Improving Responses to People with Mental Illness: Tailoring Law Enforcement Responses








Improving Responses to People with Mental Illnesses Tailoring Law Enforcement Initiatives to Individual Jurisdictions

A report prepared by the Council of State Governments Justice Center and the Police Executive Research Forum for the Bureau of Justice Assistance Office of Justice Programs U.S. Department of Justice

Melissa Reuland   
 
Law Enforcement: Improving Response

Early Study re CIT Training - After the training, officers reported improved attitudes


Brief Reports: Crisis Intervention Team Training: Changes in Knowledge, Attitudes, and Stigma Related to Schizophrenia

Michael T. Compton, M.D., M.P.H., Michelle L. Esterberg, M.P.H., Robin McGee, M.P.H., Raymond J. Kotwicki, M.D., M.P.H. and Janet R. Oliva, Ph.D.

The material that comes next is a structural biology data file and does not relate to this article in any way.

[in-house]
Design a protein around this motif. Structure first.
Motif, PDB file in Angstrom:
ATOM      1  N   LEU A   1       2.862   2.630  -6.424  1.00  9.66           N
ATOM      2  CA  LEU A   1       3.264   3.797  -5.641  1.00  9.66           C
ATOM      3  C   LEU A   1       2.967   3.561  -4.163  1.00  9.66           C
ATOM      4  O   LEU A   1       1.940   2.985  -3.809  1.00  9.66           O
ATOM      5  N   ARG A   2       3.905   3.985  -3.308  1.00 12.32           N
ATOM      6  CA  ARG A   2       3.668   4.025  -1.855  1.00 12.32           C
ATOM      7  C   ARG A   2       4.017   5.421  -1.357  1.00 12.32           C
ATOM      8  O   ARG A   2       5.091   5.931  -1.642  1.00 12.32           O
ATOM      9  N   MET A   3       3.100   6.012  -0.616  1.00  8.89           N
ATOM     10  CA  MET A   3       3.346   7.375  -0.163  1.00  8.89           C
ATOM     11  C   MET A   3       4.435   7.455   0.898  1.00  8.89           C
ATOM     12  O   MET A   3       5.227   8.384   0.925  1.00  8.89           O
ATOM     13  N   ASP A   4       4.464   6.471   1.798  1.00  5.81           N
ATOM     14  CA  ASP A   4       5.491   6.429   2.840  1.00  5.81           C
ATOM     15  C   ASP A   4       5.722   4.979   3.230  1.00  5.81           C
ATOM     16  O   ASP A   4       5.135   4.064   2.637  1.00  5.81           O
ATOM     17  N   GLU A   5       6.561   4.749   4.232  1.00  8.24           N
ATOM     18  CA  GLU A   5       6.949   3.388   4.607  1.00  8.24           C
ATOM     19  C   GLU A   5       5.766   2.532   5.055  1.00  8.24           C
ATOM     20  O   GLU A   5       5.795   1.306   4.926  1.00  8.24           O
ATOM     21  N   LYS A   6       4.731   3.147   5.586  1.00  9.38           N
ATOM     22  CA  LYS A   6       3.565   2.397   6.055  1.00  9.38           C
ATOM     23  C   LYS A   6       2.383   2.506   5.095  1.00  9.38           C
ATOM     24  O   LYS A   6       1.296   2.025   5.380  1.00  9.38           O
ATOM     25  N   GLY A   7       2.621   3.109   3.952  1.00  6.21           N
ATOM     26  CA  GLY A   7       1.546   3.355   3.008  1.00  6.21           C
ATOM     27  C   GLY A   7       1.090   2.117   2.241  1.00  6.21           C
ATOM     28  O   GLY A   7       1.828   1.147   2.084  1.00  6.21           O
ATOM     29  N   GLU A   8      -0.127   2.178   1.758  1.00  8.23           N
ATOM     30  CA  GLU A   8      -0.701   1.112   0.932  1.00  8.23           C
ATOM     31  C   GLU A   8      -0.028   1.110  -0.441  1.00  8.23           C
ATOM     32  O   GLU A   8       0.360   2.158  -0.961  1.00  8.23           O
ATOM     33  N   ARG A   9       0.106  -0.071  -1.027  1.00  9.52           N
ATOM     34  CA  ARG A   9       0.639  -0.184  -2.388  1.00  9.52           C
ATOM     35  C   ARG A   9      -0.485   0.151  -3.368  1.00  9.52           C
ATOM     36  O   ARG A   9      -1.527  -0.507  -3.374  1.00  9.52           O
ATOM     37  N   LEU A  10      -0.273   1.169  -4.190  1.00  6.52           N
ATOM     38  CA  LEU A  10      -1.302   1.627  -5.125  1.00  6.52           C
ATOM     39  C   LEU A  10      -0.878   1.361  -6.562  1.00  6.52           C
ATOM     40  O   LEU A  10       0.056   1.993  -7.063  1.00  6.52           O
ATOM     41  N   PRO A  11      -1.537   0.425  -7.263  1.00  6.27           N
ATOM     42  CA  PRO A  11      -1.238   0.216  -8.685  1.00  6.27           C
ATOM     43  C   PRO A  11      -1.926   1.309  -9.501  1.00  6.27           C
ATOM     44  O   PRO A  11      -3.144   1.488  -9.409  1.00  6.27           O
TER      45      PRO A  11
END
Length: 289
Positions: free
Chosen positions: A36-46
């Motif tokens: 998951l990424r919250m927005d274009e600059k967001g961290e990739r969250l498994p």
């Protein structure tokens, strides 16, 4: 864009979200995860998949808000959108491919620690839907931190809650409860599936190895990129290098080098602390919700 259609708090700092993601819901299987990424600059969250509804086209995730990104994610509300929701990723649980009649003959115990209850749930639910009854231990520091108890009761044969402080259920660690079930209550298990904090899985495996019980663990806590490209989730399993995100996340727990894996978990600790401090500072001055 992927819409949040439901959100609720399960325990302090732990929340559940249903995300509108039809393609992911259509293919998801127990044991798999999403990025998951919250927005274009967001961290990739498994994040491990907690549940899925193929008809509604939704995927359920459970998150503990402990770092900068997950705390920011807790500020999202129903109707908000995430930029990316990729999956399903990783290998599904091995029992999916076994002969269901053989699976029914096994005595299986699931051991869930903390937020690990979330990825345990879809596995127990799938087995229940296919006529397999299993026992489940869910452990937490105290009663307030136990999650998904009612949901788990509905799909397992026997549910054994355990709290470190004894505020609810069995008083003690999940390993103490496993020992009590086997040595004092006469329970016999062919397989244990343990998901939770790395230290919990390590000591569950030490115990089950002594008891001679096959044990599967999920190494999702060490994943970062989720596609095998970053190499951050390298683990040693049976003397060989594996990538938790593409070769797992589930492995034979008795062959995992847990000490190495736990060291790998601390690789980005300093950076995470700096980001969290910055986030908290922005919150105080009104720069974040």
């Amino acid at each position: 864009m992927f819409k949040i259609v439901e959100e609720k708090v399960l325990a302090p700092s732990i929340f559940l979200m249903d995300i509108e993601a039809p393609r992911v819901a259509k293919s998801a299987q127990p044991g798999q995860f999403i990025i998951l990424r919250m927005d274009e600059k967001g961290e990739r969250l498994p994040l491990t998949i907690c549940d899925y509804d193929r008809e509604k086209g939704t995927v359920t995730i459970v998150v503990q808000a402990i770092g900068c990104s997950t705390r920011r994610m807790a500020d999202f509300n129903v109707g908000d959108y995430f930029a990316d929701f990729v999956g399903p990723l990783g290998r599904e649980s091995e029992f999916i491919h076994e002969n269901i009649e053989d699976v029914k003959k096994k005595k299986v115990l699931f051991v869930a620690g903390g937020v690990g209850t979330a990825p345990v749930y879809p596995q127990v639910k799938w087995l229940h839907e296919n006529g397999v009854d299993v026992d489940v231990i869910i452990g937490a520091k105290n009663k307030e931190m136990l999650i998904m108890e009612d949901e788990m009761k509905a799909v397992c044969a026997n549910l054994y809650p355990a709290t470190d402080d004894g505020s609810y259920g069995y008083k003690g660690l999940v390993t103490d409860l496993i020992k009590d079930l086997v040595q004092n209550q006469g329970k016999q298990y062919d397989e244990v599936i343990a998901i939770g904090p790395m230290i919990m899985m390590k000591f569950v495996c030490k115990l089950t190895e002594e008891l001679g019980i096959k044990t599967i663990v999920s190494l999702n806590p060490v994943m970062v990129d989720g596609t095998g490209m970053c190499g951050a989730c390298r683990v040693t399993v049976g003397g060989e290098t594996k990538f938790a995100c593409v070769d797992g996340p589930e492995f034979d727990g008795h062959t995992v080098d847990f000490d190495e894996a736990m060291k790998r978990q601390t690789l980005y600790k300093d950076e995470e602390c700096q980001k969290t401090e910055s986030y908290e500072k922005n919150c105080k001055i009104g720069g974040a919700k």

OBJECTIVE: Crisis intervention team (CIT) training provides police officers with knowledge and skills to improve their responses to individuals with mental illnesses. This study determined changes in knowledge, attitudes, and social distance related to schizophrenia among police officers after CIT training. METHODS: A survey was administered to 159 officers immediately before and after a 40-hour CIT training program in Georgia. Pre- and posttest data were gathered from surveys taken between December 2004 and July 2005. RESULTS: After the training, officers reported improved attitudes regarding aggressiveness among individuals with schizophrenia, became more supportive of treatment programs for schizophrenia, evidenced greater knowledge about schizophrenia, and reported less social distance toward individuals with schizophrenia. CONCLUSIONS: This study supports the hypothesis that an educational program for law enforcement officers may reduce stigmatizing attitudes toward persons with schizophrenia.


Psychiatric Serv 57:1199-1202, August 2006